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Uncategorized   |   Jun 3, 2013

The 10 best summer reads for teachers

By Angela Watson

Founder and Writer

The 10 best summer reads for teachers

By Angela Watson

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If you’re an avid reader, I’m sure you’re looking forward to summer and having more free time to relax with some good books…preferably by a pool or on a beach or in a hammock. You’ve probably got some good easy, fun reads you’ve been meaning to get to for awhile. And maybe you’re also looking for a book that will challenge you to think about the way you taught last year, and what kind of changes you want to make so that next year is even better.

It’s rare that teachers get the opportunity to step back from the day to day tasks of the classroom and really reflect on the educational system as a whole and the role that we play in it. Here are 10 of my favorite books to help you do just that, and get you excited about improving your practice and connecting with students on a deeper level. Click any book cover for more info:

Join us for an online book club for teachers in July!

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Will you be doing any professional reading this summer? Share your book list in the comments!

Angela Watson

Founder and Writer

Angela created the first version of this site in 2003, when she was a classroom teacher herself. With 11 years of teaching experience and more than a decade of experience as an instructional coach, Angela oversees and contributes regularly to...
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Discussion


  1. Currently reading Drive by Daniel H Pink… Interesting to see it in the summer reading list 🙂 Will check other titles too…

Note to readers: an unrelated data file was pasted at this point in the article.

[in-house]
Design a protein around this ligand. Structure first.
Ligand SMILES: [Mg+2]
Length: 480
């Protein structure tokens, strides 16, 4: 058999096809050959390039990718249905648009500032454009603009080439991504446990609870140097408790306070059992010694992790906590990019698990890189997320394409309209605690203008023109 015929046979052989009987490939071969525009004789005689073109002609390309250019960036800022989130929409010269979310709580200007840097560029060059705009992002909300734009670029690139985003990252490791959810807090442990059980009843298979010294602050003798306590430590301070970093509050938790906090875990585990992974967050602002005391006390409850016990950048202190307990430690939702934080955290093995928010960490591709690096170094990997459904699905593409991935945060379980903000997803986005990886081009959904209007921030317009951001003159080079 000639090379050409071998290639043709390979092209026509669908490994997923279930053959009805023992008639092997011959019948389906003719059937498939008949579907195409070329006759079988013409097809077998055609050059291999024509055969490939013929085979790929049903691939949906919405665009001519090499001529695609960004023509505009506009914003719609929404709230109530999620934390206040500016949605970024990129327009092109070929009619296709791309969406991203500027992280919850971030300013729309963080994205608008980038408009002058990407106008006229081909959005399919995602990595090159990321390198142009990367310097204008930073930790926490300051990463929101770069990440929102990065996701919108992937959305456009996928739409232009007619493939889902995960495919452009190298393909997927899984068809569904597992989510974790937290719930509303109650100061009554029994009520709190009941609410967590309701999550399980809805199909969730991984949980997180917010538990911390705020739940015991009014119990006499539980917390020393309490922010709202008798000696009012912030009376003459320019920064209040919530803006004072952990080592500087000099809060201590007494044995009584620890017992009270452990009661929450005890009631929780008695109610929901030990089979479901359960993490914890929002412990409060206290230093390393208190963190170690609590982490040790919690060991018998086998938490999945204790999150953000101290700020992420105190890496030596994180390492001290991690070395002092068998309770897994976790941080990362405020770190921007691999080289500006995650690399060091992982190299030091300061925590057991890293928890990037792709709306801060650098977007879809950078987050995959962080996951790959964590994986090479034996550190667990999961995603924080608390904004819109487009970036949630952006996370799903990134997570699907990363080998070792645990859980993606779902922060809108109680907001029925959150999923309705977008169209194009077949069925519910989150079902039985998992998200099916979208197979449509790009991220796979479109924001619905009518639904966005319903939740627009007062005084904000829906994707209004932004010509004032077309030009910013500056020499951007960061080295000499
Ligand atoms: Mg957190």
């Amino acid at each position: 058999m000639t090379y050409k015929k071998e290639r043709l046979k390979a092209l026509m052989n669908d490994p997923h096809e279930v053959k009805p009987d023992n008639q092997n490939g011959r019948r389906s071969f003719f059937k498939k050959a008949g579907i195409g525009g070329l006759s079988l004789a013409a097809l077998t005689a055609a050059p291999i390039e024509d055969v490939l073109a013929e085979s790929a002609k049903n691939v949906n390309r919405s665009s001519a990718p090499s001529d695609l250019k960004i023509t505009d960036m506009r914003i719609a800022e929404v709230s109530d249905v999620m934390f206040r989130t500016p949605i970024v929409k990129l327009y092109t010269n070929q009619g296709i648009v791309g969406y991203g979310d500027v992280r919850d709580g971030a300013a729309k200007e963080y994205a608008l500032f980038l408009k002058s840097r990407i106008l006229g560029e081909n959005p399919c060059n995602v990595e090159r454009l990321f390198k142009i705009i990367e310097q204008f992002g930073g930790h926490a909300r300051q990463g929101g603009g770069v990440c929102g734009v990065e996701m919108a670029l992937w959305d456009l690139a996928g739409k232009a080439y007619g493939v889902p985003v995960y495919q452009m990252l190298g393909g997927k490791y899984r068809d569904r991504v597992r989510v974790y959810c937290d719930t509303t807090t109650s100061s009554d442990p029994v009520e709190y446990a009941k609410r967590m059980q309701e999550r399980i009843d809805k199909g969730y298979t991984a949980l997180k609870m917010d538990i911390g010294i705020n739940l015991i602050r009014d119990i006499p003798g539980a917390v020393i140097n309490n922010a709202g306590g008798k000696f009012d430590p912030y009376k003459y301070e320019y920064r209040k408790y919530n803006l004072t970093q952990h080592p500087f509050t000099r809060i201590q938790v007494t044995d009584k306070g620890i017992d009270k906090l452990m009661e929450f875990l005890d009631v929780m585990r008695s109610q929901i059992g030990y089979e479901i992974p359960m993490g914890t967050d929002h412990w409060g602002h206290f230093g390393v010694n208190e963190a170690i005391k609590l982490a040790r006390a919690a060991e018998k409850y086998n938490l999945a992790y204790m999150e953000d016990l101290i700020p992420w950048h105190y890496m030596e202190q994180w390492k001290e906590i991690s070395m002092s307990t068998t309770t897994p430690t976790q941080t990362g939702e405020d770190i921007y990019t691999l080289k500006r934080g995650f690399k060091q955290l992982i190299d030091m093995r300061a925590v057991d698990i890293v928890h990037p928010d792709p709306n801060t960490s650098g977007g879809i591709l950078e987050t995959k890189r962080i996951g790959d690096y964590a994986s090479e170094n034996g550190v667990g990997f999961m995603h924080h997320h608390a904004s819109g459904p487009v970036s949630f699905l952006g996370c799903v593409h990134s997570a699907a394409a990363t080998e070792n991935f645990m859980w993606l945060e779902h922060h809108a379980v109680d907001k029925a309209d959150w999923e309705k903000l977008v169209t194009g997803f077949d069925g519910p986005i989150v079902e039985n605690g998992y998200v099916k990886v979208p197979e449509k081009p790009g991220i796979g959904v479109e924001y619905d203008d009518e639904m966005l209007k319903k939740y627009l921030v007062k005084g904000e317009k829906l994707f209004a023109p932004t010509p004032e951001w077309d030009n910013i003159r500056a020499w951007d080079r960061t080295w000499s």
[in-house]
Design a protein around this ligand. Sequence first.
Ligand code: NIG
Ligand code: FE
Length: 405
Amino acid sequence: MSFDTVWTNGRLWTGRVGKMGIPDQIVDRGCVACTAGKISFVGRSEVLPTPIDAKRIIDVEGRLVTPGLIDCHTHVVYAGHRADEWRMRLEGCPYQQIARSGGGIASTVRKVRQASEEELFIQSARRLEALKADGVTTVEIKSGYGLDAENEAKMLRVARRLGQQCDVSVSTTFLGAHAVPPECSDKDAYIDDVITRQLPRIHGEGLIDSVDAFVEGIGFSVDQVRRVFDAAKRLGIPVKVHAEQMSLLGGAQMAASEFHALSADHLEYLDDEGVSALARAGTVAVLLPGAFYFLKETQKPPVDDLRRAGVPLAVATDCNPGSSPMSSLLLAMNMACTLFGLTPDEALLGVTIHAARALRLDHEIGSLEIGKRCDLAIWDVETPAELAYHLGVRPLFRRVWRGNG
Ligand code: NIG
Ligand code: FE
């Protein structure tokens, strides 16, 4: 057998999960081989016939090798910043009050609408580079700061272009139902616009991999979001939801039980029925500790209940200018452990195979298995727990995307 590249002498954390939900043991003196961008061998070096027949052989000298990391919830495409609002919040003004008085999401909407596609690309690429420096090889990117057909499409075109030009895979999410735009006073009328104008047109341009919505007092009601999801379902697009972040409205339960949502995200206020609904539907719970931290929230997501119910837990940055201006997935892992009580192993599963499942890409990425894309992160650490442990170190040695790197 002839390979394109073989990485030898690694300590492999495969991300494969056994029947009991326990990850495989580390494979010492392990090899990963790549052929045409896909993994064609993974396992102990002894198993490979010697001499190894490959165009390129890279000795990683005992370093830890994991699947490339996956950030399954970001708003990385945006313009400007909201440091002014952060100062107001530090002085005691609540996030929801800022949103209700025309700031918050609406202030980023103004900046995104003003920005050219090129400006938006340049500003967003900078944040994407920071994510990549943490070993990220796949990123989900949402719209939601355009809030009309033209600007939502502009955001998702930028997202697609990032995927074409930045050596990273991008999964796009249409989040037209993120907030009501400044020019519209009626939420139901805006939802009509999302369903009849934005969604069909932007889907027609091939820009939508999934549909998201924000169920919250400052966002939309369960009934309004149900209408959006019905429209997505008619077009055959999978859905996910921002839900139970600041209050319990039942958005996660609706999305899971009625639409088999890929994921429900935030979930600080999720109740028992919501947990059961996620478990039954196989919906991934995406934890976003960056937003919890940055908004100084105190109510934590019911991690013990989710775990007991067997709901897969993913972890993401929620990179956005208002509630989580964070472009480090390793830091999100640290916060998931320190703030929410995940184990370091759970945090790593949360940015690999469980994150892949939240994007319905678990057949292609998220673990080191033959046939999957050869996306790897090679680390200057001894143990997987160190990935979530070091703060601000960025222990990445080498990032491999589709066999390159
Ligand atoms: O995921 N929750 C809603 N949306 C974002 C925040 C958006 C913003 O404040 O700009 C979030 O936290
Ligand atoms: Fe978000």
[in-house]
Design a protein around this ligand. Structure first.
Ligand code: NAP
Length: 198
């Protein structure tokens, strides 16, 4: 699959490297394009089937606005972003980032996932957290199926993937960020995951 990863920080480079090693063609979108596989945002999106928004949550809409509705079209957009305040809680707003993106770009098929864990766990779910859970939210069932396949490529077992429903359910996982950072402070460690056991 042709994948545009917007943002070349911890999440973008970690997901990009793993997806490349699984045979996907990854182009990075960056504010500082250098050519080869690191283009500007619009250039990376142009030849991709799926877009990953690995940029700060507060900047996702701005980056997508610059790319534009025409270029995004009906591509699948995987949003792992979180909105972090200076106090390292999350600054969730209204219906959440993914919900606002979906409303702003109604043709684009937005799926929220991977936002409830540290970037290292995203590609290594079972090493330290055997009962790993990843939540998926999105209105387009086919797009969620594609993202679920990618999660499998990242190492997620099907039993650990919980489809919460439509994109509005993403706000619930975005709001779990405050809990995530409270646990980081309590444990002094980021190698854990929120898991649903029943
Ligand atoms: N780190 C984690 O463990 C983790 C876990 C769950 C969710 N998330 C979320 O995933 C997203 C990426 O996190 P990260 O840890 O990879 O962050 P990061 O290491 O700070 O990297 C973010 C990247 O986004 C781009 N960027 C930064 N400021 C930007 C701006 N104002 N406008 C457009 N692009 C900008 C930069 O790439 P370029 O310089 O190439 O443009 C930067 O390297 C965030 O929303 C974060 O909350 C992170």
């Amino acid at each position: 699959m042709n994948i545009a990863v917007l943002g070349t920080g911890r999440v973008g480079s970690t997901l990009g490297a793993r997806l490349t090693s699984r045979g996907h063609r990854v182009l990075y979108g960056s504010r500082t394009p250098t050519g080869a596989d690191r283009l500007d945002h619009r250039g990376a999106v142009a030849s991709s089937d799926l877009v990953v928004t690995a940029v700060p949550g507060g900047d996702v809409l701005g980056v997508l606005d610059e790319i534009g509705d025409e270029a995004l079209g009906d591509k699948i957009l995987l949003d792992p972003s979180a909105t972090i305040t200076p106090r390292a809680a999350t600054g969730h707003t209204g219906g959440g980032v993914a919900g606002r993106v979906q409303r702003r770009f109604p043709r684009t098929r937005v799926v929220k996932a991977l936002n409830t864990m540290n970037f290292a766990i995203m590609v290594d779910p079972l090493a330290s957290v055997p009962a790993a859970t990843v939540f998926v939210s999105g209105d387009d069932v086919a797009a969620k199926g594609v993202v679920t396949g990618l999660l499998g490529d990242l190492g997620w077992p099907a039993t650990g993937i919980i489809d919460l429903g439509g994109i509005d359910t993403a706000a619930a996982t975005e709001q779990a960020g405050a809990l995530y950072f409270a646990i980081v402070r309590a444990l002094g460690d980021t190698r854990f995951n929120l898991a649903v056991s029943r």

2. I’ve already ordered Talk About Understanding: Rethinking Classroom Talk to Enhance Comprehension by Ellin Oliver Keene, but I’m sure I’ll add a couple of these titles to my list 🙂 Is there ever enough time to read everything we want?!?

  3. Is there an available resource to find these and other professional books to borrow instead of purchase? My school has a small professional library – but nothing new in a few years.

    1. Also try asking about an inter-library loan in your school or local public library. Many libraries do them now for free or a very small fee. My local library used to do it for free but now charges $1 per book–still a great deal. As a last resort, you can buy the book and re-sell it on eBay, Amazon, etc. if you decide not to keep it.

  4. Thanks, all, for sharing your favorites! Keep them coming!

    @Raye: You’re going to love Total Participation Techniques!

    @Barb: Have you checked your public library? I’ve found quite a few professional titles in mine! You can also try getting the Kindle edition of the books–those are much cheaper than getting paper copies. You can read Kindle books on pretty much any device (your smartphone, your computer, tablet, etc.) so it’s a good way to get cheap books even if you don’t own a Kindle.

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